Consider some more examples. Hate speech provisions (which presently differ from State to State) would appear open to the same sort of "coast-to-coast" treatment due to this right to free speech.
Then again, we could leave behind the criminal law but stay with this particular right. Imagine how a personal "right to free speech" would affect campaign finance provisions. Let us assume that one of the States wanted to experiment, and try to take some of the money out of electioneering by enacting a statute that allocated television broadcast time to the political parties based on some combination of how they did at the last election and current polling, while also forbidding the purchase of such broadcast time. How would such an experiment fare? Could we see the six States each opting for different campaign finance laws?
Here, in fact, we do not need to make use of our imaginations. The first of the so-called "implied rights" cases24 shows us what the centralising effects would be. Once the judges create or invent "a freedom of communication concerning political matters" (discerning it in some mystical fashion from the text and structure of a Constitution whose authors explicitly, deliberately and after much thought foreswore any personal right to free speech), and this new entitlement, albeit a limited one, must---and does---apply across the board. Whatever the States might want, they are foreclosed from trying it. And that is the centralising effect of an implied right, of a dwarf right, of a non-personal right, of a bracketed and (for now) contained freedom applying only against the legislature.
We all know that the effect of an explicitly enumerated, personal "right to free speech" would be greater still.
Allow me to indulge myself with one last foray into speculation before moving on. Consider the potential centralising effects here in Australia as regards:
· "The right to vote" and electorates or constituencies that favour rural voters (because such constituencies contain fewer voters than urban ones).
· "The right to freedom of religion" (a beefed-up s. 116, and one now applying to the States too) and the wearing (or not wearing) of headscarves to schools.
· "The right to freedom of religion" (again, a beefed-up s. 116 applying to the States as well) and the funding of parochial schools from the public (State) treasury.
· "The right to vote" and rules regarding when prisoners can (and cannot) vote.
In all four of these examples, assume that one or more of the States either already has laws to this effect or wants to bring them in. Assume further that others of the States do not. My bet is that the enumerated right would lead to a centralised, one-size-fits-all outcome.
Over time, we would be sure to see other centralising outcomes, though some would be unexpected and others still unintended.
Return to my third assumption, now, and put it away. No longer will we imagine the effects of an entrenched, constitutionalised Bill of Rights. Instead, consider what a statutory version enacted by the Commonwealth Parliament might do.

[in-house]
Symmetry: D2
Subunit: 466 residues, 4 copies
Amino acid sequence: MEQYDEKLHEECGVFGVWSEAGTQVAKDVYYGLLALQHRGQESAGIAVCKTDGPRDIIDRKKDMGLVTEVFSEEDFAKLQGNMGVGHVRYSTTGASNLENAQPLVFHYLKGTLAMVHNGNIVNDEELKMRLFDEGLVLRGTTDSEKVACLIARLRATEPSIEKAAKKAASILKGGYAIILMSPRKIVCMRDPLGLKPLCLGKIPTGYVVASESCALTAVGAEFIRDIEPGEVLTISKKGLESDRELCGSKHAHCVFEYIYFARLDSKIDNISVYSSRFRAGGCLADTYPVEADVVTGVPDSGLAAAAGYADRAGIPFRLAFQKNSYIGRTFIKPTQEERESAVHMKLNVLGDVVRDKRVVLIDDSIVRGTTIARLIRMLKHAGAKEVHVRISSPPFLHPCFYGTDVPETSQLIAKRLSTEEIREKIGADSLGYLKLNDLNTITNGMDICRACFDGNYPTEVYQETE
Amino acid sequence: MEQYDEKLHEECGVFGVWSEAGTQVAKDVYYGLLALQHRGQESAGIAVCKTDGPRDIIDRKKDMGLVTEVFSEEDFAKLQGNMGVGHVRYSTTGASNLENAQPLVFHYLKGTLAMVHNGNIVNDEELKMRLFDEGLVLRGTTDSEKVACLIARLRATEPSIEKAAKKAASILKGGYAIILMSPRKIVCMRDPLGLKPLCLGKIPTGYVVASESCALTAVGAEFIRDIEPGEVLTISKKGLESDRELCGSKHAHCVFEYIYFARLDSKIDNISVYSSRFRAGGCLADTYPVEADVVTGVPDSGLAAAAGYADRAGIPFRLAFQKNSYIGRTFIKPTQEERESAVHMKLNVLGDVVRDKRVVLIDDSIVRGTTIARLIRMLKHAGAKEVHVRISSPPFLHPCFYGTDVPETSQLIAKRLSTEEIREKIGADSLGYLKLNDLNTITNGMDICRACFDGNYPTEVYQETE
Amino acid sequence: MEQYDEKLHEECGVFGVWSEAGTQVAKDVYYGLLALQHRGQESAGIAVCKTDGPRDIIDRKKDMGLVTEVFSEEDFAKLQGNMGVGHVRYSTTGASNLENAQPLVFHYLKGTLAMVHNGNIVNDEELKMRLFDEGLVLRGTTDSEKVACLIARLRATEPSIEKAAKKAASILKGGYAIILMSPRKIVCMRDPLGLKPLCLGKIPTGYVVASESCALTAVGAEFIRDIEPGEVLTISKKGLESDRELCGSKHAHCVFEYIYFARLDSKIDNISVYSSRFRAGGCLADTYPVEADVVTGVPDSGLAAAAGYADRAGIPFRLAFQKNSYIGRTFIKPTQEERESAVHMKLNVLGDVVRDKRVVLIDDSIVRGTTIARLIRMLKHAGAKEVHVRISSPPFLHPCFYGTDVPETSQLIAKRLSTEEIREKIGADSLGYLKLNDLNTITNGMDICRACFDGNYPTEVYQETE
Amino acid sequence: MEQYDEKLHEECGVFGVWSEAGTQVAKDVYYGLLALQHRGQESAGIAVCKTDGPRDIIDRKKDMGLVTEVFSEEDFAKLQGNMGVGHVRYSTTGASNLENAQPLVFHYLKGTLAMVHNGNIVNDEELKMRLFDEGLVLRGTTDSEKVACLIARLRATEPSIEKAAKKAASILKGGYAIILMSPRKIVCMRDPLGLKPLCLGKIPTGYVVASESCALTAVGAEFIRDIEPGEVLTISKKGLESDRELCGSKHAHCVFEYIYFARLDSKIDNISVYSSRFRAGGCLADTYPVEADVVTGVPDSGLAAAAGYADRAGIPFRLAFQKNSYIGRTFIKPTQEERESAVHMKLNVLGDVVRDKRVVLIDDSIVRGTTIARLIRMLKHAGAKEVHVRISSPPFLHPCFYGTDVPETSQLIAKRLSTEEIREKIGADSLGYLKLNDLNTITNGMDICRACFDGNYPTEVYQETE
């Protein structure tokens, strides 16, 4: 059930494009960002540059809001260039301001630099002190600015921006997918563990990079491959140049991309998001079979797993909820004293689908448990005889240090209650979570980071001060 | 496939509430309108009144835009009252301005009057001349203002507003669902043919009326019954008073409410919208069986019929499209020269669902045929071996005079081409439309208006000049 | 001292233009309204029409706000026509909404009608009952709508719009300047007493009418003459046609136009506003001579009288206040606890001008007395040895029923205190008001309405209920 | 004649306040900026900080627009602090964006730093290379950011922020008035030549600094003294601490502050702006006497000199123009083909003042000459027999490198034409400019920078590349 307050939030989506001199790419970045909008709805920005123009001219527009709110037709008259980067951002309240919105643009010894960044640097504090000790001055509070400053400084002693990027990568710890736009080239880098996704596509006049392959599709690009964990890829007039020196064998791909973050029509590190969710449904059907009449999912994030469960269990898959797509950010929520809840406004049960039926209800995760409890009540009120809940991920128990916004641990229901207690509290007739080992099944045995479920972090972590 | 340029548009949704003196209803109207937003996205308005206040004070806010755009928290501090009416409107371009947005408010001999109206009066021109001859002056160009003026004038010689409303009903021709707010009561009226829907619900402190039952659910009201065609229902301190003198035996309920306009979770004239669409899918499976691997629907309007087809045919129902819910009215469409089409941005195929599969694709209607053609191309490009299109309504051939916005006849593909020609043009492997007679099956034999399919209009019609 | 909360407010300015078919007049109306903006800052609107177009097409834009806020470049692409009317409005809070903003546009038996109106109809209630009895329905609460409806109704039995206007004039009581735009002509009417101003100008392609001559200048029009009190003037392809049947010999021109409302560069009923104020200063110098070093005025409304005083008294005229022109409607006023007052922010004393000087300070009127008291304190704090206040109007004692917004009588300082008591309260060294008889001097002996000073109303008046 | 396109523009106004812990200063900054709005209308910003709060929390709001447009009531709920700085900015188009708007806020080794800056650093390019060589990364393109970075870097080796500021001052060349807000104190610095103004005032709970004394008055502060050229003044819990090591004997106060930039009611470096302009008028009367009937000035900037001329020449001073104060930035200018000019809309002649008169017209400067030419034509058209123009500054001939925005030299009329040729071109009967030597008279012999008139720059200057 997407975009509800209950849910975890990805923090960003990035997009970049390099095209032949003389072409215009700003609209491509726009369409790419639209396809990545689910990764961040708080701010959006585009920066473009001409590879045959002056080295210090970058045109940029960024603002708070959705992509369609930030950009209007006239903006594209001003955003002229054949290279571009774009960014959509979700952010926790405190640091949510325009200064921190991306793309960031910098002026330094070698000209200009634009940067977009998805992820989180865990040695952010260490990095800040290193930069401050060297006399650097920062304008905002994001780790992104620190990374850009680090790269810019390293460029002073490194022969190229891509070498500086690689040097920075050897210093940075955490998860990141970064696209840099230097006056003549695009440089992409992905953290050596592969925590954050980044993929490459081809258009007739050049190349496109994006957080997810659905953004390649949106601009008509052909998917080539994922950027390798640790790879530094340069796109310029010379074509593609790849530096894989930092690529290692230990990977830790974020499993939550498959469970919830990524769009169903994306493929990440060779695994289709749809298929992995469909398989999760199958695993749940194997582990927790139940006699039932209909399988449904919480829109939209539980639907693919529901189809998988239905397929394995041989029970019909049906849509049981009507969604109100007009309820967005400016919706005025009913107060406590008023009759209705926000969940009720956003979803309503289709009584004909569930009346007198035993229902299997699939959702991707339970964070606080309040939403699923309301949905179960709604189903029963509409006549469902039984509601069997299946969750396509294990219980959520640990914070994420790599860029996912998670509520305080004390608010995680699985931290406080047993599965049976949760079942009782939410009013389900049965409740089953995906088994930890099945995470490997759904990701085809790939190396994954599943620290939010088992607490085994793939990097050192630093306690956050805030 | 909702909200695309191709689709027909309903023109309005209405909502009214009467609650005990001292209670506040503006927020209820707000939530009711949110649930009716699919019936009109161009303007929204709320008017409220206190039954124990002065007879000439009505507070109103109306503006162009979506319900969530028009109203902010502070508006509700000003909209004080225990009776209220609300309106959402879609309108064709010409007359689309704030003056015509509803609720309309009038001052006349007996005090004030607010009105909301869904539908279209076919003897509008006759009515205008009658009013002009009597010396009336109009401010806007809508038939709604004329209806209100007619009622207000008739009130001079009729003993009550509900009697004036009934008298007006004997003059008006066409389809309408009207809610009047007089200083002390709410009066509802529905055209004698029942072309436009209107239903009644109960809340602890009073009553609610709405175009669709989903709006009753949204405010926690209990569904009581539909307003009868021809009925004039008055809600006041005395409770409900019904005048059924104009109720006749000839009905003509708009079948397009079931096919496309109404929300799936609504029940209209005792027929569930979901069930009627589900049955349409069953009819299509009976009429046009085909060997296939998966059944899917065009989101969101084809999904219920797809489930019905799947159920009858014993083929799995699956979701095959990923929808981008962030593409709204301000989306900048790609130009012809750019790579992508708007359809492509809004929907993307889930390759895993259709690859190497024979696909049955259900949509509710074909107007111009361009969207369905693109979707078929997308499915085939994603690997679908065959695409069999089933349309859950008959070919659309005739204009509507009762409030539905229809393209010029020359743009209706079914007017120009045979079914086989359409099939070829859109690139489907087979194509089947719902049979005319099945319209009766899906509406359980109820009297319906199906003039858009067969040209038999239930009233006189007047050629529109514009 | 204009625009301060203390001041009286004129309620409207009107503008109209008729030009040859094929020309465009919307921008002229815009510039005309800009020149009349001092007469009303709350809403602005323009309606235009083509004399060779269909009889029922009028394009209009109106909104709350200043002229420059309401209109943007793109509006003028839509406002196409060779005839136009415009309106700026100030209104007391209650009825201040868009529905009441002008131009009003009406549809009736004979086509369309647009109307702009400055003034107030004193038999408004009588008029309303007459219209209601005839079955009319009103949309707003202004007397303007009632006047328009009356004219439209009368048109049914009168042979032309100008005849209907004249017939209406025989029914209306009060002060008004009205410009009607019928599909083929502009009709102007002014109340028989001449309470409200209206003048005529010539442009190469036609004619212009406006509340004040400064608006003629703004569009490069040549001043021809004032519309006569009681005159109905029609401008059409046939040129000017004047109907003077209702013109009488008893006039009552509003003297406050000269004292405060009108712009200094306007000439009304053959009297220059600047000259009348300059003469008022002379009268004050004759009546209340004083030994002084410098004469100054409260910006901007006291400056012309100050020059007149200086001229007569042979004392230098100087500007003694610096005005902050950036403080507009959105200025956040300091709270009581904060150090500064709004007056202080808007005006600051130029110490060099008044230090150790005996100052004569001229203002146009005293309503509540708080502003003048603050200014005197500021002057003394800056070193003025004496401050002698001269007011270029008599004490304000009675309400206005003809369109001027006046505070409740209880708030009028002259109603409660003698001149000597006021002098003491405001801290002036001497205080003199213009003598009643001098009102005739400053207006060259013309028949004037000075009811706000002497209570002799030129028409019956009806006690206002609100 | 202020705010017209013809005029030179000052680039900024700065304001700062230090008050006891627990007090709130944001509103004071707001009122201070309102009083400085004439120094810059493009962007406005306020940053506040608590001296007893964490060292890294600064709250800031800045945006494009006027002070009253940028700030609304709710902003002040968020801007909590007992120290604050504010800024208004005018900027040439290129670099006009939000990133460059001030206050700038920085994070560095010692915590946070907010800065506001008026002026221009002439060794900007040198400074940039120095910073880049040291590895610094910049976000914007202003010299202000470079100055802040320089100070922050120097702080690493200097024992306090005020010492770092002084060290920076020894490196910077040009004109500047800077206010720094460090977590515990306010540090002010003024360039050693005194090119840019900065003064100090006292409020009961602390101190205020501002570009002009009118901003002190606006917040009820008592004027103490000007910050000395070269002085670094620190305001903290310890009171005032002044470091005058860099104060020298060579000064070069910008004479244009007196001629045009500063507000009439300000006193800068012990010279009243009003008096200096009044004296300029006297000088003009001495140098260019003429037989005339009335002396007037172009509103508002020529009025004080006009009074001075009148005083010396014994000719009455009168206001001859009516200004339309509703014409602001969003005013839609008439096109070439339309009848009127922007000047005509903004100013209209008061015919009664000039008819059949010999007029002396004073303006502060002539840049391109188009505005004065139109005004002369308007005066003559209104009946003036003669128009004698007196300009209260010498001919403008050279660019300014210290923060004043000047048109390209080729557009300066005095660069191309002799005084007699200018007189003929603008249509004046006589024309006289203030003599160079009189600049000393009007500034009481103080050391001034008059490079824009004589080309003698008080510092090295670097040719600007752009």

Such a version would be sure to have a reading down provision, a section that tells the unelected judges to read all other statutes in what they consider to be a Bill of Rights friendly manner. The New Zealand version, section 6, reads:
"Whenever an enactment can be given a meaning that is consistent with the rights and freedoms contained in this Bill of Rights, that meaning shall be preferred to any other meaning". (my italics)
The UK version, section 3 (1), reads to start:
"So far as it is possible to do so, primary legislation and subordinate legislation must be read and given effect in a way which is compatible with Convention rights". (my italics)
And in the State of Victoria's Bill, sections 32(1) and (2) read:
"(1) So far as it is possible to do so consistently with their purpose, all statutory provisions must be interpreted in a way that is compatible with human rights.
(2) International law and the judgments of domestic, foreign and international courts and tribunals relevant to a human right may be considered in interpreting a statutory provision". (my italics)
As I indicated above, it is mainly these reading down provisions that empower the judges to achieve most of what they could under a constitutionalised Bill of Rights. Instead of striking down statutes, they re-write them. And the evidence from New Zealand and the UK makes plain that this is a possible---no, a probable---outcome. (Victoria's added section 32(2) makes things even worse. This certainty-destroying adornment is exceedingly likely to lead to a ratchet-up effect, in my opinion.25)
In terms solely of its centralising effects, the potency of any Commonwealth statutory Bill of Rights would depend upon the extent to which it could be used to read Commonwealth legislation more expansively. There would be no question of striking down or rescinding State legislation (as there would be with a constitutionalised instrument). But where Commonwealth legislation is otherwise constitutional, an expansively interpreted or re-written statute could have centralising effects.